The original idea was for the show to be based around two people watching television, and it being shot from their chairs, so you see the screen from their point of view, and the channel-hopping crap they watch, and you hear them comment on it. And then we thought, 'wouldn't it be nice if you could find out a bit about the lives of the guys watching' - and then the more we thought about these lives, the more we thought 'well let's just see their days, in the same way that we're seeing the television', so we see their days through their eyes, and hear their thoughts and reactions to it as their day progresses. As the idea developed, the watching-TV element became smaller and smaller, and the following-their-day element became larger and larger.
Robert Webb describes Jeremy, his character, as
vain, idle, delusional, but basically a nice bloke. So how much of Robert Webb does he put into the character he plays?
Jez has difficulty walking past the mirror without having a quick look, and I suppose there's a bit of that in me. And I can be a bit unmotivated sometimes - that's why I've got David there. But I suppose the main difference is that Jeremy is totally deluded about the extent of his own artistic abilities, and I've got a fairly realistic idea of my own limits.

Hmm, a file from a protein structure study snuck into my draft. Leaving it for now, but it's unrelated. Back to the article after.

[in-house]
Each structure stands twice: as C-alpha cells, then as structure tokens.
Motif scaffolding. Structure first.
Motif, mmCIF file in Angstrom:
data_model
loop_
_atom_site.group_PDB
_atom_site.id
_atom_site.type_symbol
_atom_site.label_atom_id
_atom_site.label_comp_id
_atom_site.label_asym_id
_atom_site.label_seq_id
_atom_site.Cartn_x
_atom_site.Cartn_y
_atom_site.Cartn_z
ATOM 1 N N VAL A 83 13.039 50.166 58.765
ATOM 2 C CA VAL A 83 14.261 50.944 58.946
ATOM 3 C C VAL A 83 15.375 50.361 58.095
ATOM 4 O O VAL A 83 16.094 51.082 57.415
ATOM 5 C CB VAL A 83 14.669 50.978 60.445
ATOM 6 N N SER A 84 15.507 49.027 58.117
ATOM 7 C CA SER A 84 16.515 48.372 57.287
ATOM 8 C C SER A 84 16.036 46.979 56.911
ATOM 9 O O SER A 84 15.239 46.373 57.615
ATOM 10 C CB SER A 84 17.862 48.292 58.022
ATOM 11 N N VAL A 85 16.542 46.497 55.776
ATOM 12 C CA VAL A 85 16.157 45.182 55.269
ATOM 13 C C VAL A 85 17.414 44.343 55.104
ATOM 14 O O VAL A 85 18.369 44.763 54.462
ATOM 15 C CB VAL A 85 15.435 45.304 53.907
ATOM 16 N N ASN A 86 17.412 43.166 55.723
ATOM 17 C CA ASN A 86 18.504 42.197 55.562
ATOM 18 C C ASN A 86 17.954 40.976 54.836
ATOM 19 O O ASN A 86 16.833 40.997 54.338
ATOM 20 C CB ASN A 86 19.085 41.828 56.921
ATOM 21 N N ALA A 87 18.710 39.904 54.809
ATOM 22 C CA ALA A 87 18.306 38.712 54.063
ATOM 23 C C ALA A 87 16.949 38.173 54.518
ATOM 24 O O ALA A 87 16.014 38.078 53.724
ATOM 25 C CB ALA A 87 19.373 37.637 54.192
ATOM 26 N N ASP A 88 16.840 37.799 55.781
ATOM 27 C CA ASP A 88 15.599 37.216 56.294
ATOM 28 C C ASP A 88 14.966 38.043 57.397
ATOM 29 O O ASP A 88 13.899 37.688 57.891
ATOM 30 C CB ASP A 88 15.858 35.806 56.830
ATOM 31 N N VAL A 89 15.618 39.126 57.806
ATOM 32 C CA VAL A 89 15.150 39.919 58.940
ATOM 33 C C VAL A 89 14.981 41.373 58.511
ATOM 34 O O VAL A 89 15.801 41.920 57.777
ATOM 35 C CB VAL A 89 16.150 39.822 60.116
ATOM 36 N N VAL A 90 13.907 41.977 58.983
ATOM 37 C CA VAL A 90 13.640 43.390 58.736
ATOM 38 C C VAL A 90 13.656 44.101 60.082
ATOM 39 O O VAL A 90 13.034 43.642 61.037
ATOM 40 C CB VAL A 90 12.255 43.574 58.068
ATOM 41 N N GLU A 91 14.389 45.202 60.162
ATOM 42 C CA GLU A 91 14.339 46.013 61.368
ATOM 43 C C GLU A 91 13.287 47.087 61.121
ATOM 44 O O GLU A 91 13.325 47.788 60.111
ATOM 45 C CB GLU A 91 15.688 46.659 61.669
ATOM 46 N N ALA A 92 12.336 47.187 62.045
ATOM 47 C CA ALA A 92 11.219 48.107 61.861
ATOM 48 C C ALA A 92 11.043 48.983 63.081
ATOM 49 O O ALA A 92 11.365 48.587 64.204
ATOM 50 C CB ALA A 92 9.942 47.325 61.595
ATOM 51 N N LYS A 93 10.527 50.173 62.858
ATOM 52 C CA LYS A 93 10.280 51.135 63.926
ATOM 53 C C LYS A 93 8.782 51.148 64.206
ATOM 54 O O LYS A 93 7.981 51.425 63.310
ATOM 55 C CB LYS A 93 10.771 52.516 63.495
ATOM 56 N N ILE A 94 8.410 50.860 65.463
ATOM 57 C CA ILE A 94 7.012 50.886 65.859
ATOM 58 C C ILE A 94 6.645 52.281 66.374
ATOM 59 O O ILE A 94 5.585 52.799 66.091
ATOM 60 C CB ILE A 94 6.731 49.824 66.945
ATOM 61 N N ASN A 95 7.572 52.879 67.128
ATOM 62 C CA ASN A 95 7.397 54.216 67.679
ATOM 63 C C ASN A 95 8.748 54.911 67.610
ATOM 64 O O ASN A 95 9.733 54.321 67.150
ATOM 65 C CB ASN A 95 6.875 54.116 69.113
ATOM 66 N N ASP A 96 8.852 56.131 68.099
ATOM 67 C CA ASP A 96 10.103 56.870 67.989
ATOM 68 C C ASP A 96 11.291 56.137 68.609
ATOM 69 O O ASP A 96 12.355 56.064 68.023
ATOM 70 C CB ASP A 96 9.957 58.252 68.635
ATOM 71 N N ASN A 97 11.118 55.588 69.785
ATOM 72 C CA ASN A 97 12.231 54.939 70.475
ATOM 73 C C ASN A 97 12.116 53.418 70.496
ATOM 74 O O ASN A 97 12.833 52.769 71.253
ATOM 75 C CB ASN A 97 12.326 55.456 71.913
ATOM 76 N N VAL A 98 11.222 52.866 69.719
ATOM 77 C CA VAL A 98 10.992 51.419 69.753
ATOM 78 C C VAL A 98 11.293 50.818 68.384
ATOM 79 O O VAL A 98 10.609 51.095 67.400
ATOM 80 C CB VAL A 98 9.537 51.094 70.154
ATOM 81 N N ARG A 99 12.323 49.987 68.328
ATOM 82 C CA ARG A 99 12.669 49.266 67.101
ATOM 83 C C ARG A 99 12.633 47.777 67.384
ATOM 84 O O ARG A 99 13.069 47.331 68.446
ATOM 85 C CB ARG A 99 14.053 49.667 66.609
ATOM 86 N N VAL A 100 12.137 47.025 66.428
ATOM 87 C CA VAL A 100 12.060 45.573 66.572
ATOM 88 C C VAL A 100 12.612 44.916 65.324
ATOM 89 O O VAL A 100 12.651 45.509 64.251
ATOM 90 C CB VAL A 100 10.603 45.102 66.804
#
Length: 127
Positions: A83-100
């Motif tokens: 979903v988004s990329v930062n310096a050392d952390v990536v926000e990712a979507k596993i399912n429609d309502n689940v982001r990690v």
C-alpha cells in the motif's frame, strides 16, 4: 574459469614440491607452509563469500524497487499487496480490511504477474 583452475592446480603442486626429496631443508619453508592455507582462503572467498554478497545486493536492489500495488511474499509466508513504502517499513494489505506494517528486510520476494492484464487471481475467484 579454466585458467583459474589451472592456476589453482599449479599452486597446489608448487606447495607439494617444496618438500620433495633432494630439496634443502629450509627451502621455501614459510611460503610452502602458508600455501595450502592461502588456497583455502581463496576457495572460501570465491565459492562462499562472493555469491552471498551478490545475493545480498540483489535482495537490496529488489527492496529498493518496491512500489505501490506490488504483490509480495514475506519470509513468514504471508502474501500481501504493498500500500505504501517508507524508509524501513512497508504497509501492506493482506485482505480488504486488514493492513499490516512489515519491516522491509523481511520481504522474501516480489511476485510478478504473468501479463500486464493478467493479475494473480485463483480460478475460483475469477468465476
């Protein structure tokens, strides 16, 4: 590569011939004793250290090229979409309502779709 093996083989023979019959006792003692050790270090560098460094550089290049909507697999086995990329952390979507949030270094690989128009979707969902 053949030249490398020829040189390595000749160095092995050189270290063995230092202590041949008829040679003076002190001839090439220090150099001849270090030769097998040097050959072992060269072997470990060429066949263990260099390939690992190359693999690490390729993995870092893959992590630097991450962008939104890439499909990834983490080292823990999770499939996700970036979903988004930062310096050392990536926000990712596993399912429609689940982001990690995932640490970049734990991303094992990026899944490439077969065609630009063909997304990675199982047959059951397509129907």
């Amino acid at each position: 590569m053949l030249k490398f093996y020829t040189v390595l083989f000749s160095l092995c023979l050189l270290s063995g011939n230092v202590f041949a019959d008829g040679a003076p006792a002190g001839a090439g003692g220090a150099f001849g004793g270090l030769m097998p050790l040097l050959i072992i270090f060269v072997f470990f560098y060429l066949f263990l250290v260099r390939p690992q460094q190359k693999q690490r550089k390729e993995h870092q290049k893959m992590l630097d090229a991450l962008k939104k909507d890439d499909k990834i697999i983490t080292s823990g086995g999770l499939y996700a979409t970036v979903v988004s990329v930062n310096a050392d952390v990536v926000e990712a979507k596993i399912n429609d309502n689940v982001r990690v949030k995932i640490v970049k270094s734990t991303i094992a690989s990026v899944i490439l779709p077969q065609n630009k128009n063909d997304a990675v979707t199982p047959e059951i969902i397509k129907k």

Even David is prepared to admit to sharing the odd trait with the astonishingly tragic Mark.
I think both Mark and Jeremy have elements of me and Robert, and elements of Sam and Jesse, the writers. The bad side of all of us, I hope. Definitely the obsessive self-hating side of Mark is something that I can recognise in myself some of the time - but hopefully not as much as him!
Witnessing Mark and Jeremy's attempts to impress members of the opposite sex is almost unbearably painful. One can only pray that Robert and David aren't drawing on personal experience in their portrayals?...
My problem has always been being too scared to do anything about things, reveals David.
I've just been miserable and alone for a lot of my life, rather than actually having the gumption to become very embarrassing. So in a way, Mark is more courageous than I am. Having said that, in the few short weeks of his life that the show encapsulates, there's enough eye-watering embarrassment to last a lifetime from my point of view. So maybe lacking gumption isn't such a bad thing - at least I've not had to share any of those experiences.